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Nature photography by John Langley ARPS & Tracy Langley ARPS

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Shetland Isles, Scotland - June 2011

In June 2011 we visited the Shetland Isles. We spent a week on Yell, a week on Unst then a week on the Shetland Mainland. The weather was a mix of wet, wetter then even wetter with strong winds but the wildlife didn't seem to notice.

You would think that a bird with orange legs and orange feet would be easy to spot,

but this ringed plover is well camouflaged on the beach

Golden plovers also blend into the moors well on a golden sunset evening (a rare event)

Red-throated divers frequent the shore line

Great skuas or ‘bonxies’ breed on the moorland cliffs

Dunlin with the black belly of breeding plumage


Starlings raise their young in the lichen-strewn stone walls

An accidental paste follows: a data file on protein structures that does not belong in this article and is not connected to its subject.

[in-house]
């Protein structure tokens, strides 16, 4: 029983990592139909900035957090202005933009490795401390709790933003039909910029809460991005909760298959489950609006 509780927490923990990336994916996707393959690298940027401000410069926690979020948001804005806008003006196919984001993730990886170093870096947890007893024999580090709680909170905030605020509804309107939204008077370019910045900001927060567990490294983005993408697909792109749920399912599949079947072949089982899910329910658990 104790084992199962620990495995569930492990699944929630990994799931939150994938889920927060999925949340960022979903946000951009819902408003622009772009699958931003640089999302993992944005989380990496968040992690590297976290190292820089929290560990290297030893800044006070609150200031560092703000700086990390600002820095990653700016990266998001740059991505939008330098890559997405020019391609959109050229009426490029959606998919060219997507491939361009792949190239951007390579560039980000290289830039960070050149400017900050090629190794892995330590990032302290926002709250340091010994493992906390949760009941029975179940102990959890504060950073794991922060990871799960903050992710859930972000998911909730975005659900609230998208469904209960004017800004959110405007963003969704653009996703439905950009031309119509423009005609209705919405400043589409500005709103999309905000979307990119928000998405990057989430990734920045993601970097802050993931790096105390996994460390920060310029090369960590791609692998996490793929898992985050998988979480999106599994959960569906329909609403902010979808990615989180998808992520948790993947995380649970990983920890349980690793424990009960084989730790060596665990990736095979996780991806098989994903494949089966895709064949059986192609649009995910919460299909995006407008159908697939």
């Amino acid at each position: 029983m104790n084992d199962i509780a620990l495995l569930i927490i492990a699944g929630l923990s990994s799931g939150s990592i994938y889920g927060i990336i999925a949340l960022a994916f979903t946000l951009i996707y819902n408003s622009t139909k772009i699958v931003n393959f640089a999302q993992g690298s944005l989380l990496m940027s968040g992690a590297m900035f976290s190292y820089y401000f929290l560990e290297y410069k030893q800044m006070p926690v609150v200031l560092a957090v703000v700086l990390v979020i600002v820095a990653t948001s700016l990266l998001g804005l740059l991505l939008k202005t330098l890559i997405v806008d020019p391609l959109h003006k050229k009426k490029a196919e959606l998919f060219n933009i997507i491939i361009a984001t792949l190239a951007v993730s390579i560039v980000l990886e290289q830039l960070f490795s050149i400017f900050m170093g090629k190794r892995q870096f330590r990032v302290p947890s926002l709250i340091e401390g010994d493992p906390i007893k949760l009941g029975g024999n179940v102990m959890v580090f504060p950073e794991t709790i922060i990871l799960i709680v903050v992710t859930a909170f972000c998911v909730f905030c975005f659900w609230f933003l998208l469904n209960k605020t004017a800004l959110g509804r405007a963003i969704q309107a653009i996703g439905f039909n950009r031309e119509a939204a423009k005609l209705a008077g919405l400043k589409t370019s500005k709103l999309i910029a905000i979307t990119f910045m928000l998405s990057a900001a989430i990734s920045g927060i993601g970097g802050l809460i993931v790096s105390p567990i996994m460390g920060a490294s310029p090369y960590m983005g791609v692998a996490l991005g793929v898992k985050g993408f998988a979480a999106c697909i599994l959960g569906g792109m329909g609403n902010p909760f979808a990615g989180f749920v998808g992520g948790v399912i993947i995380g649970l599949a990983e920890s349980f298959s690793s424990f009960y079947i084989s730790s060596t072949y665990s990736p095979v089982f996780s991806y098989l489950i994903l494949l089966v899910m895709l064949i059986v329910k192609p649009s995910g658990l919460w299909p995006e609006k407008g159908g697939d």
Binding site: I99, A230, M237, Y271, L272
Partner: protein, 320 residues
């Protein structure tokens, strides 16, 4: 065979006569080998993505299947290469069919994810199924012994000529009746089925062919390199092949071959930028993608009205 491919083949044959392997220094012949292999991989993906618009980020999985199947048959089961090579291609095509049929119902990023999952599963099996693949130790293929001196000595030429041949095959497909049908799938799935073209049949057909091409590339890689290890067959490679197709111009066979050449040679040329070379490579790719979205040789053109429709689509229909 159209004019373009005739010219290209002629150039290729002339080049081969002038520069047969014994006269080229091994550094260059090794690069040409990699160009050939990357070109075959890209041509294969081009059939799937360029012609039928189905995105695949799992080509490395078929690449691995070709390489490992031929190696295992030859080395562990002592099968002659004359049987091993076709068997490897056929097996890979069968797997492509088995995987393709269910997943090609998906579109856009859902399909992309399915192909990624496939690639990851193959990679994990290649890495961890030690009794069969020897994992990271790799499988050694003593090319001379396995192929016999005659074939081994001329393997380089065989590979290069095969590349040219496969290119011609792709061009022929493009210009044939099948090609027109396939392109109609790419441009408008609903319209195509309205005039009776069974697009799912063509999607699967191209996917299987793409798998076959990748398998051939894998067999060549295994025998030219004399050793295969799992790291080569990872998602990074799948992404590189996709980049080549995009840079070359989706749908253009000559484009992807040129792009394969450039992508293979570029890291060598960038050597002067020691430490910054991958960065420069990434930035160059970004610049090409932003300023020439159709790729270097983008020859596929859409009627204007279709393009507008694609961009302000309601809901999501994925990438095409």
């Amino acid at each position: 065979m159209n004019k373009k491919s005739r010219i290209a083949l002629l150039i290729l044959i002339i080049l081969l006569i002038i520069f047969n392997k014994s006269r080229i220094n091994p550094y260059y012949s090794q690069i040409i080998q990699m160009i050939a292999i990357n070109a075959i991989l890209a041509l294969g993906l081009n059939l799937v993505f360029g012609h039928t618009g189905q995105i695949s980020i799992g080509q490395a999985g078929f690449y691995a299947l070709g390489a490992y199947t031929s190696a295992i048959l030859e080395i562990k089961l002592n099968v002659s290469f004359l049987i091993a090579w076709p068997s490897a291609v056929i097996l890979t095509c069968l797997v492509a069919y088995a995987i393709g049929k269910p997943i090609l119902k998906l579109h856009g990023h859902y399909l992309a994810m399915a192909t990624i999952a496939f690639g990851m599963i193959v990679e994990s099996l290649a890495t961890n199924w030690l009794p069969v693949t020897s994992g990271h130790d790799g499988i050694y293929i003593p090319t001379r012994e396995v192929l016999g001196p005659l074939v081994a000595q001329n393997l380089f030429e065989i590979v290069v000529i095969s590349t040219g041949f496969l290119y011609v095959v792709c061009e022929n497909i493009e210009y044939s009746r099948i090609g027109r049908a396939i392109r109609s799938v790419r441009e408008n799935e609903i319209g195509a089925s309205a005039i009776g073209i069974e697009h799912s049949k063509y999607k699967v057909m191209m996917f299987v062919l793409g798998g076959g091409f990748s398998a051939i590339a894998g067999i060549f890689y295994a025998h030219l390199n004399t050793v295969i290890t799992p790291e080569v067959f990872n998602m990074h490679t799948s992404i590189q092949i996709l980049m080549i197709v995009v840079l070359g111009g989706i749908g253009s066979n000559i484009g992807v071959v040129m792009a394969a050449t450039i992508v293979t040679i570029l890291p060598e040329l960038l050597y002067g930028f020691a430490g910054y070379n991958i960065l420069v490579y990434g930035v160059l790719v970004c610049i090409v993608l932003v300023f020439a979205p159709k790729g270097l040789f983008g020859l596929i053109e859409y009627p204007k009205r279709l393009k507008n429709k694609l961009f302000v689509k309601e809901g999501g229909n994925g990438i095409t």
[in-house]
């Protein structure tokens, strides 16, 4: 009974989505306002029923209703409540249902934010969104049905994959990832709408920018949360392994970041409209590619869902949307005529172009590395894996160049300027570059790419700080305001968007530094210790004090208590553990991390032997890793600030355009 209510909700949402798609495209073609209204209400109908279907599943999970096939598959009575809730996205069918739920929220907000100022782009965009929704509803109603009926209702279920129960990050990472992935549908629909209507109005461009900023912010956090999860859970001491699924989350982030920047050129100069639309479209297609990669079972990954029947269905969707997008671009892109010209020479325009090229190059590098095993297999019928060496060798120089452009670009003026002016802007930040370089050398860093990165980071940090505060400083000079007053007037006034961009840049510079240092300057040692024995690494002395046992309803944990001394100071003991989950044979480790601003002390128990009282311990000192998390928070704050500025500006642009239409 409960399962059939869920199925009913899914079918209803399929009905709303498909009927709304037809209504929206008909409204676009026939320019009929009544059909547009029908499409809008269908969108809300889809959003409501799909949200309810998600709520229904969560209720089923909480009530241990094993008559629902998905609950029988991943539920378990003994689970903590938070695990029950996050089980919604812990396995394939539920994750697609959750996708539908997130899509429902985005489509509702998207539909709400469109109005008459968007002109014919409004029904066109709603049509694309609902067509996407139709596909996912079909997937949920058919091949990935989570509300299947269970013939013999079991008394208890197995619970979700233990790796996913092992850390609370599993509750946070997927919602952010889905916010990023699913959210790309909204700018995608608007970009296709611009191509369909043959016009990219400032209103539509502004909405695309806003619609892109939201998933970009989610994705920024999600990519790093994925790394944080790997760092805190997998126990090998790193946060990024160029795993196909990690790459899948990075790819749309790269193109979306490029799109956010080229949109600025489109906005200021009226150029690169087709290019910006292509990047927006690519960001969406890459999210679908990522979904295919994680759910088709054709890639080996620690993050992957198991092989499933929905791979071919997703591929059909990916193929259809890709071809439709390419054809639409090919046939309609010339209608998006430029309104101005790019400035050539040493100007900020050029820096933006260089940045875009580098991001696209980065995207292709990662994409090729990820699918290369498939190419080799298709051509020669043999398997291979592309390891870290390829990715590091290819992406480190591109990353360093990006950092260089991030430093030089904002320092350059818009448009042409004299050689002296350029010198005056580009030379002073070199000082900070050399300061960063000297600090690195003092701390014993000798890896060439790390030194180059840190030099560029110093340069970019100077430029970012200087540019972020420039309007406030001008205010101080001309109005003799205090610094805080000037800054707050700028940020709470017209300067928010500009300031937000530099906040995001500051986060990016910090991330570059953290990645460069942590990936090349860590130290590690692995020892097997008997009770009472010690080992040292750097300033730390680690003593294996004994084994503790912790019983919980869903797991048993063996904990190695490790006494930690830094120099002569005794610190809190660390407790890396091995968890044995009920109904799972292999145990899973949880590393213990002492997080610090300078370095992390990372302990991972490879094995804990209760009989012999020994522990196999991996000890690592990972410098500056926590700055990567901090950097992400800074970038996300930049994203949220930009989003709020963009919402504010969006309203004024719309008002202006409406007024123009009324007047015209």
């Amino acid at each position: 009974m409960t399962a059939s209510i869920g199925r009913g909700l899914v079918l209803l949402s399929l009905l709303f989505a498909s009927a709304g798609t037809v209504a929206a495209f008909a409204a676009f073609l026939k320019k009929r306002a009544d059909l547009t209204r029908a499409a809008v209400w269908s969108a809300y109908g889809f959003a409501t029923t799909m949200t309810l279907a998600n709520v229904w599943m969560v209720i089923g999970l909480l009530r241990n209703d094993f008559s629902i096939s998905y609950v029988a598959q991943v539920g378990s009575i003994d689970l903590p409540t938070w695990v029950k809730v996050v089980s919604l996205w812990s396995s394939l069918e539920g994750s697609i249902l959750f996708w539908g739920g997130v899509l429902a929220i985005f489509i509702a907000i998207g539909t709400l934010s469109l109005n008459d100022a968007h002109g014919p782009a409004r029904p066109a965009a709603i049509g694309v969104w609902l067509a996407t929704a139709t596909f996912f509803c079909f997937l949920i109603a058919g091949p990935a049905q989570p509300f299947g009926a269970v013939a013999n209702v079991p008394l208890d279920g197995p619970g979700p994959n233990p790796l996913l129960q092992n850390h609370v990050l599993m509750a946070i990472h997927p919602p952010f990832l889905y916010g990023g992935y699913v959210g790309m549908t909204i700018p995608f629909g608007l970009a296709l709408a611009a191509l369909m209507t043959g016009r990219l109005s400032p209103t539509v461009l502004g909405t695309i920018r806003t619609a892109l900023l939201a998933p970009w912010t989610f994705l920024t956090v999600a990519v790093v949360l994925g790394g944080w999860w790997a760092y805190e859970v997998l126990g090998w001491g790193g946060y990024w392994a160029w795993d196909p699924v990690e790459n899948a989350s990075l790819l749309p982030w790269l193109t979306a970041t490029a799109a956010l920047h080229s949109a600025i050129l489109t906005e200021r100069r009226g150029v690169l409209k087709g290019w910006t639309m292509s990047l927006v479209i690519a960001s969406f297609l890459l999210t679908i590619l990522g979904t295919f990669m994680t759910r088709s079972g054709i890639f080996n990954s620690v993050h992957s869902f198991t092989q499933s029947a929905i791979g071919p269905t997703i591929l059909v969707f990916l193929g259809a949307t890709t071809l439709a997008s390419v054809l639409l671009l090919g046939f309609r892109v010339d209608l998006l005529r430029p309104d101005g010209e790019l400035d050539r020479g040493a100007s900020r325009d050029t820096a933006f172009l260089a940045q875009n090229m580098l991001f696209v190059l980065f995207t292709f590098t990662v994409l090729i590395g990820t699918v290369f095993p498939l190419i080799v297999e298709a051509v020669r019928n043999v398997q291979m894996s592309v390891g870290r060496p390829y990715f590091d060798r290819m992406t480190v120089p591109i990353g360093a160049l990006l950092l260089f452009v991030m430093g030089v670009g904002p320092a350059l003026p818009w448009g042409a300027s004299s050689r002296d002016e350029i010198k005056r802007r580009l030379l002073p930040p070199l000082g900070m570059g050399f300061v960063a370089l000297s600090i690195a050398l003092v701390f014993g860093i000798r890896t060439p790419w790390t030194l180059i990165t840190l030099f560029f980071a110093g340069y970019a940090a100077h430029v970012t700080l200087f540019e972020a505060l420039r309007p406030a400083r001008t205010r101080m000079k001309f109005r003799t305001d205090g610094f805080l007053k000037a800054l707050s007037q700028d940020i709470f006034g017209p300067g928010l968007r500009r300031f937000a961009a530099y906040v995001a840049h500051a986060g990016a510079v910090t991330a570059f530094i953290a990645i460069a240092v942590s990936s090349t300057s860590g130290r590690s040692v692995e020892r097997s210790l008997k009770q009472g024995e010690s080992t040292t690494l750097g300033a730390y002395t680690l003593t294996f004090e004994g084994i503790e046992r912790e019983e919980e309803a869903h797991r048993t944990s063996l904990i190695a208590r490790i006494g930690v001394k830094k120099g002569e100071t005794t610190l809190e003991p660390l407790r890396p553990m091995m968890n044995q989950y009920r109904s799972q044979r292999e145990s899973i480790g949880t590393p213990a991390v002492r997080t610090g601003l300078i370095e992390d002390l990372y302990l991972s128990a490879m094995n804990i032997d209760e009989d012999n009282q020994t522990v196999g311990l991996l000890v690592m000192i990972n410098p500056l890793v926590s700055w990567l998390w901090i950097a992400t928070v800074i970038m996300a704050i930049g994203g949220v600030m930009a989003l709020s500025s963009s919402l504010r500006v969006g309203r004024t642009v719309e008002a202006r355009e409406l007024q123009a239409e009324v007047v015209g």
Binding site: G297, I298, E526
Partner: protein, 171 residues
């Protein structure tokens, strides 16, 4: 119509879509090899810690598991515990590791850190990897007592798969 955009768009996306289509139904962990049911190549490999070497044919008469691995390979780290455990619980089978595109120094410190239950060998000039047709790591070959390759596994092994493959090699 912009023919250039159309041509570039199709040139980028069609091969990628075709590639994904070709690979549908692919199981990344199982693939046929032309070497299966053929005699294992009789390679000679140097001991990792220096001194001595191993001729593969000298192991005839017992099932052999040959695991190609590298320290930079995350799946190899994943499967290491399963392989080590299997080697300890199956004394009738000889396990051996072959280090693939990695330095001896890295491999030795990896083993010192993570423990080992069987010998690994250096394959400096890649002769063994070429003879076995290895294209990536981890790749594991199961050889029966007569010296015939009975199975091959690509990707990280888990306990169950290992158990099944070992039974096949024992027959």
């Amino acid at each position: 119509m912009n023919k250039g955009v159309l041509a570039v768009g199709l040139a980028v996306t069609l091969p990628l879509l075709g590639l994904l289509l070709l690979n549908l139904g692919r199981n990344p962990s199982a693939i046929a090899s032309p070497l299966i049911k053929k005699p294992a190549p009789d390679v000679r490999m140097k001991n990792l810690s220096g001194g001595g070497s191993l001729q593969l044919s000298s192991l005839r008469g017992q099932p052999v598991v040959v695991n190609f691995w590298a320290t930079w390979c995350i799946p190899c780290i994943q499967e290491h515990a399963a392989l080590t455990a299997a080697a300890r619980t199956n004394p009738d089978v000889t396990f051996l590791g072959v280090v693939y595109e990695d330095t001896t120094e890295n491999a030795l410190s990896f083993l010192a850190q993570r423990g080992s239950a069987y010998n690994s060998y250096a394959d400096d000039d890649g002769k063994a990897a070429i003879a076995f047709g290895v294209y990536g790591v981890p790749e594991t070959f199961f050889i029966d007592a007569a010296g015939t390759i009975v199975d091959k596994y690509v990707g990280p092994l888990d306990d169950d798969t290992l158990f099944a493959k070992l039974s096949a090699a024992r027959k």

An otter pauses briefly to enjoy a fish supper

Fulmars thrive in windy conditions - they’re one of the few birds that seem to take to the wing just for fun

Fulmar courtship is a noisy affair

A gannet stretches and preens before take-off

The near constant wind also means that many of Shetland’s speciality flowers are very small.

Frog orchids can be less than half their normal size

and the diminutive mouse-ear chickweed is found nowhere else in the world !

All over the island, the Shetland Wren was perching on walls and singing

We had a few quizzical looks from the locals

Snipe will perch on anything to get a view over the grass

Redshanks also like to perch and are very nervous, frequently alarm calling

Whimbrel are a speciality on the Shetland moors

Wheatears were breeding around every corner

We spent several days enjoying the close company of puffins